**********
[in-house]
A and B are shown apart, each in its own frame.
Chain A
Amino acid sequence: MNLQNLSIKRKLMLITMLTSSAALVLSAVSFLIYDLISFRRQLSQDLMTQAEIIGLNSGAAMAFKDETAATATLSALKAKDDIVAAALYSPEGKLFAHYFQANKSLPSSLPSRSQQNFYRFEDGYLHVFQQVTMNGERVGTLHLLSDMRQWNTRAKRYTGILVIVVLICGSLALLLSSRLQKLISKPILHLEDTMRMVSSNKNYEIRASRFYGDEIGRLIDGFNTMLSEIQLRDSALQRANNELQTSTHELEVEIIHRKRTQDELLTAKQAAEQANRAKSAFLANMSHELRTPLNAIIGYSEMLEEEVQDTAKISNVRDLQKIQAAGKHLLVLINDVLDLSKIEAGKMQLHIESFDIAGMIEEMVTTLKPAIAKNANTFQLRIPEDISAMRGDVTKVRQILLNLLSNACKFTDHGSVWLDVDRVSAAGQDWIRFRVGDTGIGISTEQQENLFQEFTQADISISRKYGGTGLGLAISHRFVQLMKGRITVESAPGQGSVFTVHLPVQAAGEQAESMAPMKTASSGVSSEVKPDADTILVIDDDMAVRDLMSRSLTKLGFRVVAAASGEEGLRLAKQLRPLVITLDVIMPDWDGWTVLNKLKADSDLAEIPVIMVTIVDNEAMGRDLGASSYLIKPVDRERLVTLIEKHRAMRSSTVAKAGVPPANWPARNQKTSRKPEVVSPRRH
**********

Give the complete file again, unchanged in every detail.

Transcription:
[in-house]
A and B are shown apart, each in its own frame.
Chain A
Amino acid sequence: MNLQNLSIKRKLMLITMLTSSAALVLSAVSFLIYDLISFRRQLSQDLMTQAEIIGLNSGAAMAFKDETAATATLSALKAKDDIVAAALYSPEGKLFAHYFQANKSLPSSLPSRSQQNFYRFEDGYLHVFQQVTMNGERVGTLHLLSDMRQWNTRAKRYTGILVIVVLICGSLALLLSSRLQKLISKPILHLEDTMRMVSSNKNYEIRASRFYGDEIGRLIDGFNTMLSEIQLRDSALQRANNELQTSTHELEVEIIHRKRTQDELLTAKQAAEQANRAKSAFLANMSHELRTPLNAIIGYSEMLEEEVQDTAKISNVRDLQKIQAAGKHLLVLINDVLDLSKIEAGKMQLHIESFDIAGMIEEMVTTLKPAIAKNANTFQLRIPEDISAMRGDVTKVRQILLNLLSNACKFTDHGSVWLDVDRVSAAGQDWIRFRVGDTGIGISTEQQENLFQEFTQADISISRKYGGTGLGLAISHRFVQLMKGRITVESAPGQGSVFTVHLPVQAAGEQAESMAPMKTASSGVSSEVKPDADTILVIDDDMAVRDLMSRSLTKLGFRVVAAASGEEGLRLAKQLRPLVITLDVIMPDWDGWTVLNKLKADSDLAEIPVIMVTIVDNEAMGRDLGASSYLIKPVDRERLVTLIEKHRAMRSSTVAKAGVPPANWPARNQKTSRKPEVVSPRRH